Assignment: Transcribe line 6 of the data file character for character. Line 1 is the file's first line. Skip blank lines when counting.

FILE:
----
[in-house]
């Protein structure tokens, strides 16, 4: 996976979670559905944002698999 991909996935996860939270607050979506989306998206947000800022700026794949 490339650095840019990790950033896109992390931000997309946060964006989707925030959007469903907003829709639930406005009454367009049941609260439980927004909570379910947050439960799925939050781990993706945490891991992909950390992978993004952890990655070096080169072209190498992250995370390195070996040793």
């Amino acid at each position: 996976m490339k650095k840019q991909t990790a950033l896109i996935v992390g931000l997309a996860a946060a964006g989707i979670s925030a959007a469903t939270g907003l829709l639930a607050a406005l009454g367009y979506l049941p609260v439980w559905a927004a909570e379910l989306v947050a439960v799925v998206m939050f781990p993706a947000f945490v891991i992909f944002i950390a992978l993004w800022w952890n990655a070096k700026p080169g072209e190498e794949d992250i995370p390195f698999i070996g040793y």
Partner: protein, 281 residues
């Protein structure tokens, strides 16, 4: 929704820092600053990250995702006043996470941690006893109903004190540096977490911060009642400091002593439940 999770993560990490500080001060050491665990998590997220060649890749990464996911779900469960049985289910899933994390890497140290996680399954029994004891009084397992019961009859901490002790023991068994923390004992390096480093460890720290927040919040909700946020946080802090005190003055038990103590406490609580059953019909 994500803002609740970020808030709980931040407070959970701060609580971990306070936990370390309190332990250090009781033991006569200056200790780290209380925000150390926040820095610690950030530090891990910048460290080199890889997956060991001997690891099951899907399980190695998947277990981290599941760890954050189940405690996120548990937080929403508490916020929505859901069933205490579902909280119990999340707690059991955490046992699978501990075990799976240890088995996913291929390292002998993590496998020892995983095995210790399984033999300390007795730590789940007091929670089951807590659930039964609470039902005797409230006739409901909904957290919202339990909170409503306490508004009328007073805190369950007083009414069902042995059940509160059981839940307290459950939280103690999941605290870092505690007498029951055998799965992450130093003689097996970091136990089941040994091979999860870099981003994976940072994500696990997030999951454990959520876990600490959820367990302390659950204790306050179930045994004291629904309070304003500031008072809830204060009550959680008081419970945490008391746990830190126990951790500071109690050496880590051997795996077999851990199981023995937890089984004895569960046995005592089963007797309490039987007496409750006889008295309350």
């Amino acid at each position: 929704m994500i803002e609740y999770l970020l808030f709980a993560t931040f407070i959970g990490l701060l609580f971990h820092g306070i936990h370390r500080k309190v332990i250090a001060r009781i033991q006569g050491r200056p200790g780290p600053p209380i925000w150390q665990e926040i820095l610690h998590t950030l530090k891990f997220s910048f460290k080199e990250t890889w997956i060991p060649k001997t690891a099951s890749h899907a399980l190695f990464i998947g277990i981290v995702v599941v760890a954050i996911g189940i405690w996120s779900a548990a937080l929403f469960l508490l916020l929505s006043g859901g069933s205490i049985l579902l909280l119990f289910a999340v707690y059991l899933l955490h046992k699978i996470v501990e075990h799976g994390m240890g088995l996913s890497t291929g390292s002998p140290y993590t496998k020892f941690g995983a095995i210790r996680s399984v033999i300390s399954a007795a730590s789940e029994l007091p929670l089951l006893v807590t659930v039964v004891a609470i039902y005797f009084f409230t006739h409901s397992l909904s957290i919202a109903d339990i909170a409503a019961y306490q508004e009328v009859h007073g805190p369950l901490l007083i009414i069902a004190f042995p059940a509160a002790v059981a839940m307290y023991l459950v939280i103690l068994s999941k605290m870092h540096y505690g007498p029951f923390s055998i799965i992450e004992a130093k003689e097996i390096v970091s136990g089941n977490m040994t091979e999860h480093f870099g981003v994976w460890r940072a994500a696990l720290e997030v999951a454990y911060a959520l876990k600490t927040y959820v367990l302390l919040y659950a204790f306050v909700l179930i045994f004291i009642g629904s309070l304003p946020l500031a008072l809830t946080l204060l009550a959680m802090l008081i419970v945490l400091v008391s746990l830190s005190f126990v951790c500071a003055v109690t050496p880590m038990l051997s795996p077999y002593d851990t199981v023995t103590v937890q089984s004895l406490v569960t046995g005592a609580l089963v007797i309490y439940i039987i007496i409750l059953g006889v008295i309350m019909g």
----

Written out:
């Amino acid at each position: 929704m994500i803002e609740y999770l970020l808030f709980a993560t931040f407070i959970g990490l701060l609580f971990h820092g306070i936990h370390r500080k309190v332990i250090a001060r009781i033991q006569g050491r200056p200790g780290p600053p209380i925000w150390q665990e926040i820095l610690h998590t950030l530090k891990f997220s910048f460290k080199e990250t890889w997956i060991p060649k001997t690891a099951s890749h899907a399980l190695f990464i998947g277990i981290v995702v599941v760890a954050i996911g189940i405690w996120s779900a548990a937080l929403f469960l508490l916020l929505s006043g859901g069933s205490i049985l579902l909280l119990f289910a999340v707690y059991l899933l955490h046992k699978i996470v501990e075990h799976g994390m240890g088995l996913s890497t291929g390292s002998p140290y993590t496998k020892f941690g995983a095995i210790r996680s399984v033999i300390s399954a007795a730590s789940e029994l007091p929670l089951l006893v807590t659930v039964v004891a609470i039902y005797f009084f409230t006739h409901s397992l909904s957290i919202a109903d339990i909170a409503a019961y306490q508004e009328v009859h007073g805190p369950l901490l007083i009414i069902a004190f042995p059940a509160a002790v059981a839940m307290y023991l459950v939280i103690l068994s999941k605290m870092h540096y505690g007498p029951f923390s055998i799965i992450e004992a130093k003689e097996i390096v970091s136990g089941n977490m040994t091979e999860h480093f870099g981003v994976w460890r940072a994500a696990l720290e997030v999951a454990y911060a959520l876990k600490t927040y959820v367990l302390l919040y659950a204790f306050v909700l179930i045994f004291i009642g629904s309070l304003p946020l500031a008072l809830t946080l204060l009550a959680m802090l008081i419970v945490l400091v008391s746990l830190s005190f126990v951790c500071a003055v109690t050496p880590m038990l051997s795996p077999y002593d851990t199981v023995t103590v937890q089984s004895l406490v569960t046995g005592a609580l089963v007797i309490y439940i039987i007496i409750l059953g006889v008295i309350m019909g």